5.1. Impact on TWAMP-Control Protocol ...........................5
      5.2. Impact on OWAMP-Control Protocol ...........................6
      5.3. Impact on OWAMP-Test/TWAMP-Test Protocols ..................6
   6. Security Considerations .........................................7
   7. IANA Considerations .............................................8
   8. References ......................................................8
      8.1. Normative References .......................................8
      8.2. Informative References .....................................9
   Appendix A. Background on TWAMP Light .............................10
   Acknowledgements ..................................................11
   Contributors ......................................................11
   Authors' Addresses ................................................11
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1.  Introduction

   The IETF IP Performance Metrics (IPPM) Working Group first developed
   the One-Way Active Measurement Protocol (OWAMP), as specified in
   [RFC4656].  Further protocol development to support testing resulted
   in the Two-Way Active Measurement Protocol (TWAMP), as specified in
   [RFC5357].

   Both OWAMP and TWAMP require the implementation of a control and mode
   negotiation protocol (OWAMP-Control and TWAMP-Control) that employs
   the reliable transport services of TCP (including security
   configuration and key derivation).  The control protocols arrange for
   the configuration and management of test sessions using the
   associated test protocol (OWAMP-Test or TWAMP-Test) on UDP transport.

   The IETF recognizes the value of assigning a well-known UDP port to
   the OWAMP-Test and TWAMP-Test protocols and also recognizes that this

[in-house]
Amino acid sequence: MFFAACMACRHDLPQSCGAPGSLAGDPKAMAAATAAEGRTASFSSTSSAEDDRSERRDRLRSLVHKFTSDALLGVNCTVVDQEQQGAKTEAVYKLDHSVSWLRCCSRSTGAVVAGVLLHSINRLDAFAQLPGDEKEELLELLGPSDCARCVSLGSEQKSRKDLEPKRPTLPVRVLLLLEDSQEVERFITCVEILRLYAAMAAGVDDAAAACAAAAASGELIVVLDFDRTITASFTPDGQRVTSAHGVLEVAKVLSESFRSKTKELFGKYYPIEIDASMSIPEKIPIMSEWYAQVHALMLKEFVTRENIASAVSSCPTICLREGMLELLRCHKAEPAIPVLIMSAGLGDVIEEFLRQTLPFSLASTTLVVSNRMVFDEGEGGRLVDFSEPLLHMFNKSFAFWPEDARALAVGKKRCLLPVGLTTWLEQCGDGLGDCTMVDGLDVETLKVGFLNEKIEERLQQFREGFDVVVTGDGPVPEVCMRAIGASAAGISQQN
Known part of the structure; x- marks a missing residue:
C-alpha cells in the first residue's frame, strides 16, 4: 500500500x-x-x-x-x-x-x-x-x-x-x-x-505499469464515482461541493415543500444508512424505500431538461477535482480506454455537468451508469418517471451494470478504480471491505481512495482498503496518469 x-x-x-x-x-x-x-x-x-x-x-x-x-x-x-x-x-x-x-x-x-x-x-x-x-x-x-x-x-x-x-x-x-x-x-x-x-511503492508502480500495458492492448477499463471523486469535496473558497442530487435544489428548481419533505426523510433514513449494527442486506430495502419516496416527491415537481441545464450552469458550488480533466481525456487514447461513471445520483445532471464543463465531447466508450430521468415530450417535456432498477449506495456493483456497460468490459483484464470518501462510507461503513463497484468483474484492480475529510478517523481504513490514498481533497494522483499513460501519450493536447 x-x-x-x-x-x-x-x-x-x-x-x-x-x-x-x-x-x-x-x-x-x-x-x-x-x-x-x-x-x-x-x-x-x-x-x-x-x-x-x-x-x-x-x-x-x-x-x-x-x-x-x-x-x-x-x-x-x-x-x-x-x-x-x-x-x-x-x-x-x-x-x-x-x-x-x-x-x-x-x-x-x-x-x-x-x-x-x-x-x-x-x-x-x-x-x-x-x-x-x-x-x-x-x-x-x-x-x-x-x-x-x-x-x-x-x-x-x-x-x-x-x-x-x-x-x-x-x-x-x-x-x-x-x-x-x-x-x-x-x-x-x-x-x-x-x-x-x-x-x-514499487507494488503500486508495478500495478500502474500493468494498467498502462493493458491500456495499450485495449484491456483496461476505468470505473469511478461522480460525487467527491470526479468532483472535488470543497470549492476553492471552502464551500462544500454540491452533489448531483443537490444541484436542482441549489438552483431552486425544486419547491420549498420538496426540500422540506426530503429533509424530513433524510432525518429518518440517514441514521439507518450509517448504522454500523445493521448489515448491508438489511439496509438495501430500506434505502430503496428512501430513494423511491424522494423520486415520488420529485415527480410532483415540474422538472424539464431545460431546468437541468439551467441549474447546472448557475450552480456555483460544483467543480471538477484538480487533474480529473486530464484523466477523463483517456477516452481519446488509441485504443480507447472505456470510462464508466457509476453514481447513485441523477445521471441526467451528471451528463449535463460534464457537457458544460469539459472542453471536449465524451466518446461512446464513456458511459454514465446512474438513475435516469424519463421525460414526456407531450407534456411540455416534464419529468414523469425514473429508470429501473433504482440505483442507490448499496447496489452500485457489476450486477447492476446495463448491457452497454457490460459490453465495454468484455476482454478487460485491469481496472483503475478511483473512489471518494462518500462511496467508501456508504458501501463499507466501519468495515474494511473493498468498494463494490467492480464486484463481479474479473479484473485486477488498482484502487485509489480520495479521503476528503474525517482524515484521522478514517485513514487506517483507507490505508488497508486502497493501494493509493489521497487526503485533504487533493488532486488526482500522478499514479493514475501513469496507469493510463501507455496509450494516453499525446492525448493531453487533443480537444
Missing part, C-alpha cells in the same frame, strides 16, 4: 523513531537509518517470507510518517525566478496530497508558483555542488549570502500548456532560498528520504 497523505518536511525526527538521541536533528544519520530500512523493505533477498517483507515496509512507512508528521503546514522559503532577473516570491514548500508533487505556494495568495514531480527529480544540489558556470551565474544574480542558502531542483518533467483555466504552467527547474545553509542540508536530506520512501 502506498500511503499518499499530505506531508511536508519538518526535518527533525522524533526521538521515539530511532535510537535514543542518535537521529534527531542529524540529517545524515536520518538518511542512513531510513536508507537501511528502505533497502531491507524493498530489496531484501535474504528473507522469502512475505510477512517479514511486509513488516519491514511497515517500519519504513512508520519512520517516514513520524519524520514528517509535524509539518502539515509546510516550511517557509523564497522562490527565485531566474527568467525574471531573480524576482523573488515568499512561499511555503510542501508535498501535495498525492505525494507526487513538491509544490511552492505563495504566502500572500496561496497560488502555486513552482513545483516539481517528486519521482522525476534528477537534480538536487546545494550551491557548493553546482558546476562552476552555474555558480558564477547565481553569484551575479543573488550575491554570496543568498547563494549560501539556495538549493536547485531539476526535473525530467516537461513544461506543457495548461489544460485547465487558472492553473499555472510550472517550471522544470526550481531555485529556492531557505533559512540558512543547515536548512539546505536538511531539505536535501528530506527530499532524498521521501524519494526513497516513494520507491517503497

goal can be easily arranged through port reassignments.

2.  Requirements Language

   The key words "MUST", "MUST NOT", "REQUIRED", "SHALL", "SHALL NOT",
   "SHOULD", "SHOULD NOT", "RECOMMENDED", "NOT RECOMMENDED", "MAY", and
   "OPTIONAL" in this document are to be interpreted as described in
   BCP 14 [RFC2119] [RFC8174] when, and only when, they appear in all
   capitals, as shown here.

3.  Scope

   The scope of this memo is twofold: (1) to reallocate the well-known
   ports for the UDP test protocols that compose necessary parts of
   their respective Standards Track protocols (OWAMP and TWAMP) and
   (2) to clarify the meaning and composition of these Standards Track
   protocol names for the industry.

   This memo updates [RFC4656] and [RFC5357], in terms of the UDP
   well-known port assignments.

4.  Definitions and Background

   This section defines key terms and clarifies the required composition
   of the OWAMP and TWAMP Standards Track protocols.

   "OWAMP-Control" is the protocol defined in Section 3 of [RFC4656].

   "OWAMP-Test" is the protocol defined in Section 4 of [RFC4656].
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   OWAMP is described in this direct quote from Section 1.1 of